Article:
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Record identifier : 568984
Personal Name - Primary Intelectual Responsibility : Gomez, Dawn M
Title and statement of responsibility : ACT 101 programs as learning communities: Using the construct of mattering to enhance higher education service delivery [Thesis]
Publication, Distribution,Etc. : Marywood University, 2009
Language of the Item : eng
Dissertation of thesis details and type of degree : Ph.D
Body granting the degree : , Marywood University
Summary or Abstract : This study compared ACT 101 and Non-ACT 101 college students' perceptions of mattering to others in their colleges or institutions. Student persistence research has found that students who regularly interact with key agents within their institutions are more likely to remain enrolled in college. ACT 101 students received academic support through one-on-one attention, mentoring, tutoring, and academic and personal counseling, thus, potentially increasing their perceptions of being of value (mattering) to those assigned to help them.Participants numbered 131 undergraduate students at two private institutions in Northeastern Pennsylvania. The Mattering Scale Questionnaire for College Students (MSQCS) was utilized and asked students their perceptions on "mattering" with regards to their relationships with administrators, advisors, faculty, and whether they felt the institution acknowledged the multiple roles they juggled, and peer relationships.For Research Question 1, a t-test of independent samples was run to assess whether there were differences between ACT 101 and Non-ACT 101 student perceptions of mattering with regard to the five subscales (administration, advising, faculty, multiple roles, and peers). Significance was found for the Administration and Advising subscales of the MSQCS. That is, findings indicated that ACT 101 students had higher perceptions of mattering to Administration and Advisors than Non-ACT 101 students. For Research Question 2, a Chi-square statistic was utilized to determine whether there were differences between student type (ACT 101, Non-ACT 101) by student characteristics (age, gender, extracurricular activities, class standing, enrollment status, housing status, volunteerism, swirling/transfer, work status, average number of hours worked, and participation in Summer Bridge Program). Significance was found for age, class, extracurricular activities and summer bridge program. In other words, results indicated age, class, extracurricular activities, and summer bridge program differences between ACT 101 and Non-Act 101 students.Of the four significant student characteristics, post-hoc analyses using One-Way ANOVAs were run and the findings reported in Chapter 4 support the research which posits the importance of fostering young, entering students to become engaged in extracurricular activities and involved with administrators, advisors, faculty, and peers alike early in academic life; thus, engendering perceptions of mattering and feelings of loyalty to their institutions. Further, the findings of this study elucidated the evidenced need for colleges and universities to incorporate ACT 101-like comprehensive programming activities for traditional aged students regardless of student type (ACT 101, Non-ACT 101), academic, and/or financial need- to better enhance the array of higher education programming and service delivery and increase the likelihood of persistence..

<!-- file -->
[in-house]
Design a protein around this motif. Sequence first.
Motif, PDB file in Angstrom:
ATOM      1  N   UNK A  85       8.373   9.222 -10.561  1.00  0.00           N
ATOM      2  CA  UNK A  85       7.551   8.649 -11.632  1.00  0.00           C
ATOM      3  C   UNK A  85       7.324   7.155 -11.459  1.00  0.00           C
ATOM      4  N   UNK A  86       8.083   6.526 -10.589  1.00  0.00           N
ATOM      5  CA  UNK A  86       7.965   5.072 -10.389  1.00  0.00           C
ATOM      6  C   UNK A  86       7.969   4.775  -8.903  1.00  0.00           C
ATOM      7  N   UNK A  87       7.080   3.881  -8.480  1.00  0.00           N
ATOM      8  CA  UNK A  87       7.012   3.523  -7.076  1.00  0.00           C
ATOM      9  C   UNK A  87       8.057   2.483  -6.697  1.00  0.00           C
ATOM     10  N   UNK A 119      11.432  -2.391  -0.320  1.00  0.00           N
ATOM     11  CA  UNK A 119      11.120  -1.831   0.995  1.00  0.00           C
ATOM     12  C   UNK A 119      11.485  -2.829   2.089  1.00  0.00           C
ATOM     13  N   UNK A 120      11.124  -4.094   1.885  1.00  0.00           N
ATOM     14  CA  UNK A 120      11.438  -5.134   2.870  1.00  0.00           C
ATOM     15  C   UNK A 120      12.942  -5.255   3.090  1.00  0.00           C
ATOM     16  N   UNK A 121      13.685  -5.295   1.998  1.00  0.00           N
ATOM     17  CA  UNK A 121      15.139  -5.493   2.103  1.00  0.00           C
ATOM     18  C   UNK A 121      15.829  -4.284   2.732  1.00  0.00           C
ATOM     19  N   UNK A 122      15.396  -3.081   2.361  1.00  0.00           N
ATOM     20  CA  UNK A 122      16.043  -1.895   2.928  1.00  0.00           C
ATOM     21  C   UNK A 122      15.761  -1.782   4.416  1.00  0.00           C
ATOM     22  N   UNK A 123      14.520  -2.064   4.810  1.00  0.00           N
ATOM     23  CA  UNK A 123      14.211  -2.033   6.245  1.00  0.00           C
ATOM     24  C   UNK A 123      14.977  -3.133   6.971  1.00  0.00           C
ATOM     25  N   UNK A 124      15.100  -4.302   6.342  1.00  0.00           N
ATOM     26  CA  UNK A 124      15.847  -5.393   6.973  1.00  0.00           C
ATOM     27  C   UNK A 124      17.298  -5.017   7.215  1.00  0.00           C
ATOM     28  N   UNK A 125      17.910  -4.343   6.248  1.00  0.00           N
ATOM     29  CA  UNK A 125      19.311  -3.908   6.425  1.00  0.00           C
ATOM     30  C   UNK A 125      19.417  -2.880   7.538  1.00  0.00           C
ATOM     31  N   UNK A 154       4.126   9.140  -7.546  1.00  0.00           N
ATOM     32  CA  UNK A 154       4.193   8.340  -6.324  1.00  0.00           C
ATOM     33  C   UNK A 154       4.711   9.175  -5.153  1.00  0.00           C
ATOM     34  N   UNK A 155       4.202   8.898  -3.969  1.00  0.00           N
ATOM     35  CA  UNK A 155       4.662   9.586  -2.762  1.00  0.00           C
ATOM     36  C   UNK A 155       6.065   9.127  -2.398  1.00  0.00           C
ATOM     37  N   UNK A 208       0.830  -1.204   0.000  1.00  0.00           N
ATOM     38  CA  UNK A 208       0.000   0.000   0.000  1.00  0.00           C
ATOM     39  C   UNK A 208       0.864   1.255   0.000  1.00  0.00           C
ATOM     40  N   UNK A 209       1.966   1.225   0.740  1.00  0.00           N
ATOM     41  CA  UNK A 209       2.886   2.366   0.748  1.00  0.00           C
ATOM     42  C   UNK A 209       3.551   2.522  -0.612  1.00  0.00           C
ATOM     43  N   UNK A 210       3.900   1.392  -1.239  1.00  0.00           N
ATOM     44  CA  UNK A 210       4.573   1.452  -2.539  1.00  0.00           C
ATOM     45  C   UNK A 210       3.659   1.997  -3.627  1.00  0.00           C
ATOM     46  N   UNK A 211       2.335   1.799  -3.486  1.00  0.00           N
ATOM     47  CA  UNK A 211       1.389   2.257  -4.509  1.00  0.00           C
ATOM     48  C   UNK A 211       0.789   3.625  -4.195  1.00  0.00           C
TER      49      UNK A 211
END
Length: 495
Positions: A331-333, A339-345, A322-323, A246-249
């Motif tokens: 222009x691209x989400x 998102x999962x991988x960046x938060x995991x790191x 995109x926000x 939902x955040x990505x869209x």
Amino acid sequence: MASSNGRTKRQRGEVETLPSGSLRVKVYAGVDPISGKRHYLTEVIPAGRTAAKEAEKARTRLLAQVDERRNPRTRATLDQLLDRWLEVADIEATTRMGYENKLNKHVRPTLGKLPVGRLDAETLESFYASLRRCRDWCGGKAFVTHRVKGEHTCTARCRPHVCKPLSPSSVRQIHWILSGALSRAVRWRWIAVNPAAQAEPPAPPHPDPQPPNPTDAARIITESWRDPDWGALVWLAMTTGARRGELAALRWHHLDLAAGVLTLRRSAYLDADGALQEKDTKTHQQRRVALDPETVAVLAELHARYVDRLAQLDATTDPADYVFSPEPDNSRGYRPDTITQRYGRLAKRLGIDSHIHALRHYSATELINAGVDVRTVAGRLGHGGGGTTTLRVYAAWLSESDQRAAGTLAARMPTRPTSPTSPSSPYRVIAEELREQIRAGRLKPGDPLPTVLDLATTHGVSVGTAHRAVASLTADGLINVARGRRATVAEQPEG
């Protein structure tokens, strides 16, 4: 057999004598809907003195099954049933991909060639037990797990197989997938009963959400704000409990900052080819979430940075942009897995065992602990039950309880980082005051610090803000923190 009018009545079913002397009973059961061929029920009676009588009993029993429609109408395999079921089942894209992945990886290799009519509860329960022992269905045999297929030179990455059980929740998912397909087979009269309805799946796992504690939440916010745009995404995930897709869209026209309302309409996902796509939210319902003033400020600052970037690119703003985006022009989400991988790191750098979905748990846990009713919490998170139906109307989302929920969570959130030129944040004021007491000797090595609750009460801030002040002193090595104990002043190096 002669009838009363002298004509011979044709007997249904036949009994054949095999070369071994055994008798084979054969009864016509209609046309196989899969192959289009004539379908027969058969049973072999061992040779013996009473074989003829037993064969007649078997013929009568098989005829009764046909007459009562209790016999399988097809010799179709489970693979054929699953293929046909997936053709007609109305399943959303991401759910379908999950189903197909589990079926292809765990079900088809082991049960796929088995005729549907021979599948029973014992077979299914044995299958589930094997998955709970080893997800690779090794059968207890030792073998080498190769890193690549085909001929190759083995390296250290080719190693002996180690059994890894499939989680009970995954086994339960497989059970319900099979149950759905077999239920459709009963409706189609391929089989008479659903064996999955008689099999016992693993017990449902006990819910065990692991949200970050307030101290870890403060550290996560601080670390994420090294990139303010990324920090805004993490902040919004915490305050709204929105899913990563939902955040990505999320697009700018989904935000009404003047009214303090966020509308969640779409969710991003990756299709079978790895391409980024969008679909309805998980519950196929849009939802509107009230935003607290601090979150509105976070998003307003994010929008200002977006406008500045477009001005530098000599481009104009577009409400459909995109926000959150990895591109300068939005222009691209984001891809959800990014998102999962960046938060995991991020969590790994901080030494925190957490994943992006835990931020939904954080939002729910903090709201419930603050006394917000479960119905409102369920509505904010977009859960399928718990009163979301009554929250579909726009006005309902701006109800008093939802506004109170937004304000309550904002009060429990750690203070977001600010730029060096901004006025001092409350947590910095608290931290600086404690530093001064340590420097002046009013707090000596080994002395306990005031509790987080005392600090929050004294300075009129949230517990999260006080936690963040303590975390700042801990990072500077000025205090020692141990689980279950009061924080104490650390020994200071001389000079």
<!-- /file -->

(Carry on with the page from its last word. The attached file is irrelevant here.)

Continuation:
Topical Name Used as Subject : School administration
Information of biblio record : TL
 
 
 
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